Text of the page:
Option D will require a $630 million bond. This is a lot of money, but in keeping with what our neighbors are spending. For example, in May 2022, Guilford County voters approved a $1.7 billion school bond, which, adjusted for population, would be the equivalent of a $472 million bond in Orange County. (Guilford also approved a $300 million bond in 2020). In Orange County, the last school bond was in 2016, eight years ago, for a comparatively paltry $125 million, and CHCCS’s portion proved to be insufficient to cover even their modest plans to renovate Chapel Hill High School and add a preschool facility at Lincoln Center.
According to estimates discussed at the meeting on Tuesday, option D would raise property taxes on a $500,000 home by $47 a month. Another scenario in discussion, option C2, would be slightly less expensive—$36 a month—but would not have the transformative impact of option D.
Three CHCCS school board members—George Griffin, Riza Jenkins, and Rani Dasi—spoke at last night’s meeting in full support of option D or, failing that, option C2. As is often the case at BOCC meetings, no one else spoke on the proposal.
The BOCC will decide on a bond within weeks
No decision was made last night, but the county commission is planning to revisit the issue this Friday, when the commission has a full-day retreat, and will make a final decision by the end of the month. At last night’s meeting, a number of county commissioners expressed support for finally addressing the poor state of our school buildings, but were hesitant to call for spending what it takes to actually make a difference.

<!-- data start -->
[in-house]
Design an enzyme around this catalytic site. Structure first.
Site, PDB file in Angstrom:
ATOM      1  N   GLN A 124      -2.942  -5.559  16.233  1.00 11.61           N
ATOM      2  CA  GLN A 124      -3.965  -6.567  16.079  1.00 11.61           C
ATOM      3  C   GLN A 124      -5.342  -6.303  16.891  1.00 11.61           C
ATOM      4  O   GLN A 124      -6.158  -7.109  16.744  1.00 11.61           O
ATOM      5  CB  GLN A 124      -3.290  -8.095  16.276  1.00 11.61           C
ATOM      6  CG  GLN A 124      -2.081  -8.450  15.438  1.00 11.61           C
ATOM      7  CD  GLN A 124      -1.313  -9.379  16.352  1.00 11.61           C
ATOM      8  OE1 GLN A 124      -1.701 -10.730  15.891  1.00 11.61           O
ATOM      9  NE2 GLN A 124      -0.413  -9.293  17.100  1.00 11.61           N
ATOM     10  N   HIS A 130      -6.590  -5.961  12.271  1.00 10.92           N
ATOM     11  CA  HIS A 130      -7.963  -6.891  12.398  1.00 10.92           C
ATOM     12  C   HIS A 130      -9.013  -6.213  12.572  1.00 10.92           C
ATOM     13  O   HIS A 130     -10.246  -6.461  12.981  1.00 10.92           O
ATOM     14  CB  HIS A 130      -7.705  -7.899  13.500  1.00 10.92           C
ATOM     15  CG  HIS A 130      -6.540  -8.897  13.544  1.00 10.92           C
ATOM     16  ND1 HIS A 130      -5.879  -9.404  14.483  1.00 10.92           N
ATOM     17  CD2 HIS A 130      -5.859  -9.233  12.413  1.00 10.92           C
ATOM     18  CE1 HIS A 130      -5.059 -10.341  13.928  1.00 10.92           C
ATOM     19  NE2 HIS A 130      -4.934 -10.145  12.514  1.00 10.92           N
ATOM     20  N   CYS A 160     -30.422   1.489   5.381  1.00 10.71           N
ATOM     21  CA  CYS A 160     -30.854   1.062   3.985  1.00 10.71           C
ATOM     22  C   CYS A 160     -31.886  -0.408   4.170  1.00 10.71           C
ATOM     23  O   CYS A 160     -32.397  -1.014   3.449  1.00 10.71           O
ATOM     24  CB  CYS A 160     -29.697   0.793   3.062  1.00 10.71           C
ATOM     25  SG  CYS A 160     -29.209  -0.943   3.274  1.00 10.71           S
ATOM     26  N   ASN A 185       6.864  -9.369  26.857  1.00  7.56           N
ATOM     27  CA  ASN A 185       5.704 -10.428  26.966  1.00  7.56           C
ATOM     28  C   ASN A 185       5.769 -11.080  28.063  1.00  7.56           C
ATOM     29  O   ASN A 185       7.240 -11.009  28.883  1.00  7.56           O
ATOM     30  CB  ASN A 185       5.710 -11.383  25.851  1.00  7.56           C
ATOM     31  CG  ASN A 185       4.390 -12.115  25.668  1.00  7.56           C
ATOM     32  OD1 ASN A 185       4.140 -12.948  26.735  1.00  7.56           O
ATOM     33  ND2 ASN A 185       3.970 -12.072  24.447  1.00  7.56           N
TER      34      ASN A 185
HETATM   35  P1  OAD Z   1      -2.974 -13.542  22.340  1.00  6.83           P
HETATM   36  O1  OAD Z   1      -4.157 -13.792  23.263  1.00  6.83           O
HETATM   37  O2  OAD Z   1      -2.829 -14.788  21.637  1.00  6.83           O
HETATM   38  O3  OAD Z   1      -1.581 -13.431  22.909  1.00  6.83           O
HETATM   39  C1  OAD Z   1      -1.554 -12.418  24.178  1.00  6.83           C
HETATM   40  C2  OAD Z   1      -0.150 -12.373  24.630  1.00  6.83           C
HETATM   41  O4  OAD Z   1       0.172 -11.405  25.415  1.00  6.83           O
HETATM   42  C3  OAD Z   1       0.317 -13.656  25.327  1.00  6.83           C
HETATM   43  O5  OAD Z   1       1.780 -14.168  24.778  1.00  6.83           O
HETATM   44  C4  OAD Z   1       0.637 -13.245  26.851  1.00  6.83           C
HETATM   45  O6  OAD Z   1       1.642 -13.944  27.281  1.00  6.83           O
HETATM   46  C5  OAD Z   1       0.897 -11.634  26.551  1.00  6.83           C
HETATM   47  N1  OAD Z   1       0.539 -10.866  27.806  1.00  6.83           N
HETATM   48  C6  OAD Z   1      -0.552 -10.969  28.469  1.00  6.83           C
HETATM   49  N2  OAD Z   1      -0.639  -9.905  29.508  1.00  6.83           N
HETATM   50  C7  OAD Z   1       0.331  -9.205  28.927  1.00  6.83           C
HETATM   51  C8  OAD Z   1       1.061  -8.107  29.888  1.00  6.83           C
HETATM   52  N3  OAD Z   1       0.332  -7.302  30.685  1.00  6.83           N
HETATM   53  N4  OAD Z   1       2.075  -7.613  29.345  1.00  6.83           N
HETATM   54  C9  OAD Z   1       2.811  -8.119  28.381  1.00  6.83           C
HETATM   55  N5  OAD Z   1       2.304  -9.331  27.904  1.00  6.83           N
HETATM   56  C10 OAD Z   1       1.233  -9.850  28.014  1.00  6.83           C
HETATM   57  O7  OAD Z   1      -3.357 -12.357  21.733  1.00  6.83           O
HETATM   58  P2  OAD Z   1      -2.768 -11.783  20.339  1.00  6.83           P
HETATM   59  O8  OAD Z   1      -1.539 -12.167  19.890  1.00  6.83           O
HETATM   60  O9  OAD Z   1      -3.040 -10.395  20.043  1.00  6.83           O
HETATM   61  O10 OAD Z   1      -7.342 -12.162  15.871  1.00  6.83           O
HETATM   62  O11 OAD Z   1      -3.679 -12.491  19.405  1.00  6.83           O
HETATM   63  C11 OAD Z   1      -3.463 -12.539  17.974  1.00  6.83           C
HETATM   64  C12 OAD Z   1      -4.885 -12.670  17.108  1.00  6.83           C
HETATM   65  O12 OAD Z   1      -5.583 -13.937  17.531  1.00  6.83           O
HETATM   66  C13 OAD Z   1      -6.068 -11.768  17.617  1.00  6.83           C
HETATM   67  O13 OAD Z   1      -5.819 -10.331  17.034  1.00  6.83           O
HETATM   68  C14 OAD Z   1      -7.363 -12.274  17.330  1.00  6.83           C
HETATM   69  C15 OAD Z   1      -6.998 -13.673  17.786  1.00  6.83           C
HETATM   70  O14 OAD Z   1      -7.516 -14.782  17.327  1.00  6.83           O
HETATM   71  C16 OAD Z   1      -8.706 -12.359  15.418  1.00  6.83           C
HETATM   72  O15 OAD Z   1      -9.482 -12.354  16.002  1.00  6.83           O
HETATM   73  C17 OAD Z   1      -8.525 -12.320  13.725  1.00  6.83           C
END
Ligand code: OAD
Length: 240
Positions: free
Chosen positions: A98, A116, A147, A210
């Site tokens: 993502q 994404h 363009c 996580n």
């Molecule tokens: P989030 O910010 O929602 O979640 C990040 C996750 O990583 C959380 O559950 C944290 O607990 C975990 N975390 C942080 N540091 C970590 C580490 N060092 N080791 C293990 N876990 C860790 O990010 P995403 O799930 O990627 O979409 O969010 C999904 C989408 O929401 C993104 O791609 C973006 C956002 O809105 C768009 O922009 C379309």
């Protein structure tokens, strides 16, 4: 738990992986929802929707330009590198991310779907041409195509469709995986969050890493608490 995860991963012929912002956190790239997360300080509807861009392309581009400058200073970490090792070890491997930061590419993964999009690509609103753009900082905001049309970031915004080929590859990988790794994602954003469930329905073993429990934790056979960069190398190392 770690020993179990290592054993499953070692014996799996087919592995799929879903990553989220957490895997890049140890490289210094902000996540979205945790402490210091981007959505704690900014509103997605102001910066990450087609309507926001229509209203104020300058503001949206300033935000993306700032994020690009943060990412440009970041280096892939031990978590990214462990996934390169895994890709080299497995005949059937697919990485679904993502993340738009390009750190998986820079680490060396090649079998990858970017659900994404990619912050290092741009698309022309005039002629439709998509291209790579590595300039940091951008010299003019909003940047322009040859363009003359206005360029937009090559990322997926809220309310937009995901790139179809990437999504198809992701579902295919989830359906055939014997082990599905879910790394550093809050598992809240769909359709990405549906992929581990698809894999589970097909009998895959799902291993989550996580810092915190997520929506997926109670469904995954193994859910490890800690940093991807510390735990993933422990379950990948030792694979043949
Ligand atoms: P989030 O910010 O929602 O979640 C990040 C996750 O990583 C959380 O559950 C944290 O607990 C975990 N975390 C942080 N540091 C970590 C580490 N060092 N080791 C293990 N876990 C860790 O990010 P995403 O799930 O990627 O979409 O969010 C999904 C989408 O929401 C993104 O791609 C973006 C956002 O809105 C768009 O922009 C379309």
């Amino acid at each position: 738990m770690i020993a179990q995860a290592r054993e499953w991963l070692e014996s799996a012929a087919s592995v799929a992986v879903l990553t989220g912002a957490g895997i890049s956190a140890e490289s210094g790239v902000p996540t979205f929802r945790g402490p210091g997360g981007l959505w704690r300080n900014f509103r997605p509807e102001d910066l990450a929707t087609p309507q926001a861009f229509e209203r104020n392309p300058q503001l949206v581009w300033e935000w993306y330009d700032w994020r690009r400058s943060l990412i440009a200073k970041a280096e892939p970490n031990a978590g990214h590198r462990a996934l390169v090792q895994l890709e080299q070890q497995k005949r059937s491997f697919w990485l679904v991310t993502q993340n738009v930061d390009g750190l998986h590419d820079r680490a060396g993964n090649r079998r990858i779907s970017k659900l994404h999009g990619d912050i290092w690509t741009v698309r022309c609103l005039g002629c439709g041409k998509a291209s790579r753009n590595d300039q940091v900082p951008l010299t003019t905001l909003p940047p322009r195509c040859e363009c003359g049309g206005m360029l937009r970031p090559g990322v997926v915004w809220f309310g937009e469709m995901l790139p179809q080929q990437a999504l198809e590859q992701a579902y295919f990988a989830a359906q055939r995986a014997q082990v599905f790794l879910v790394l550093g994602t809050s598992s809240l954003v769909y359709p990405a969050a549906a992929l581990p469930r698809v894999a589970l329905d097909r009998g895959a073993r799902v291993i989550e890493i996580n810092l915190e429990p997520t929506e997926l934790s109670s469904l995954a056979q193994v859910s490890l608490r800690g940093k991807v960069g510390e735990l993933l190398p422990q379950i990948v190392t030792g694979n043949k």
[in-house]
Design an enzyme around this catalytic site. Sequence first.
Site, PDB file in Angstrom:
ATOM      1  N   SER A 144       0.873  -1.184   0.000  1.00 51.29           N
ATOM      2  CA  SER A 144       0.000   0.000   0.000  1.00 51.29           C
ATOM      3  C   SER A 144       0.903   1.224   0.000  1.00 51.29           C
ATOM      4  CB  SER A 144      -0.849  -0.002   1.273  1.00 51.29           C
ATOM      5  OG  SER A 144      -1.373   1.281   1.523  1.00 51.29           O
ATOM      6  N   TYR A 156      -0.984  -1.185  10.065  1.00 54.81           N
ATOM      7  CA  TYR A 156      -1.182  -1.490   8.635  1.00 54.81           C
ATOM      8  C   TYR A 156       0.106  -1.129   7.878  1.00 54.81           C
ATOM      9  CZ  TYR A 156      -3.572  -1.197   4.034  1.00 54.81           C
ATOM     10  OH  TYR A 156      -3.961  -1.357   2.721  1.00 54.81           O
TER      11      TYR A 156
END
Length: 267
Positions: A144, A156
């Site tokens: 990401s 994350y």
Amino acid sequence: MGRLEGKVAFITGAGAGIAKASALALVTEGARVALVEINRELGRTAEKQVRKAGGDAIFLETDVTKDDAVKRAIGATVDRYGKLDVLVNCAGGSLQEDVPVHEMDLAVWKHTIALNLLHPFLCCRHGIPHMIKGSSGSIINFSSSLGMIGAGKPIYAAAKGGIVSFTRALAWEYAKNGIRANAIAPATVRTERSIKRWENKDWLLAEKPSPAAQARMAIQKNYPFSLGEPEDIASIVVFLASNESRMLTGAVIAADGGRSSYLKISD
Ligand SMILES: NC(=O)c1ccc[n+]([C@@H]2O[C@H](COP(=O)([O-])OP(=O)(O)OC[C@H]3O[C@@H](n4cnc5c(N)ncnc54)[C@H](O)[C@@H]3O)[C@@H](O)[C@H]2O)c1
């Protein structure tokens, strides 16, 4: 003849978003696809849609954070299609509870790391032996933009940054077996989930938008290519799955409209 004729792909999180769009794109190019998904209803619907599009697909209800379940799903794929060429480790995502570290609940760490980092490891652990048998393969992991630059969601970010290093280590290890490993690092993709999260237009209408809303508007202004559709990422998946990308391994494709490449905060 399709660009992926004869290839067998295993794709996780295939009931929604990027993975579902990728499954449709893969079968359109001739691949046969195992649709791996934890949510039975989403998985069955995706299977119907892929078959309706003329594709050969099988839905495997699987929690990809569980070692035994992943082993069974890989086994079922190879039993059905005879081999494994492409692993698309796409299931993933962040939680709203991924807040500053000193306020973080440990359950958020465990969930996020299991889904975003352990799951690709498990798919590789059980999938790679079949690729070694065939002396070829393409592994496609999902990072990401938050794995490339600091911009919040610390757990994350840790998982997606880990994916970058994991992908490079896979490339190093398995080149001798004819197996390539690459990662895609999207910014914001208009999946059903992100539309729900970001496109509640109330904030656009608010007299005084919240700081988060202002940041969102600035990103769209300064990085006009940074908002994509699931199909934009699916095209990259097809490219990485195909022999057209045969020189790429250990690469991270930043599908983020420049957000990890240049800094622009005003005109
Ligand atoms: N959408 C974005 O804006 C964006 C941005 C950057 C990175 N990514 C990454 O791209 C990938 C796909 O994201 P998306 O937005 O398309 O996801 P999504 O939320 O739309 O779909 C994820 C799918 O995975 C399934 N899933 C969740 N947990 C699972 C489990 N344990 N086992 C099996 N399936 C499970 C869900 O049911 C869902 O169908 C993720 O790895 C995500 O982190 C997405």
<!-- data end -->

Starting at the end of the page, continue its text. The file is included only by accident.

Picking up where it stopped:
Only Jean Hamilton expressed full support for option D. Earl McKee, who represents northern Orange County and is the most conservative of the seven county commissioners, ruled it out entirely. Others were on the fence, in part because they were concerned that Orange County voters wouldn’t support such a bond. The conversation quickly devolved into a rehashing of the longstanding tensions between southern and northern Orange County. Meanwhile, our nine-year-olds attend schools with HVAC systems that catch on fire.
Does Orange County value its schools?
Do we really want to live in a community that was willing to use county funds to buy a sports complex with an ice skating rink and three swimming pools but asks school teachers to put out buckets when it rains? Are we really a county that is willing to sacrifice tax revenue to protect the rural buffer, but thinks that it’s not worth $2 a day to make sure our children learn in buildings that are safe? How can we secure a better future for our young people if we can’t fix schools that have been in disrepair for decades?
This November, we will all be voting in what we expect to be a critical election. The future of our nation, and our state, is at stake. We might also have the opportunity to vote for a bond that will finally address our county’s school building needs.
But only if our county commissioners put it on the ballot. Write the county commission and tell them that we need to fix our schools now. Let’s put option D—a $630 million bond—on the ballot in November. Here is a sample letter you can use.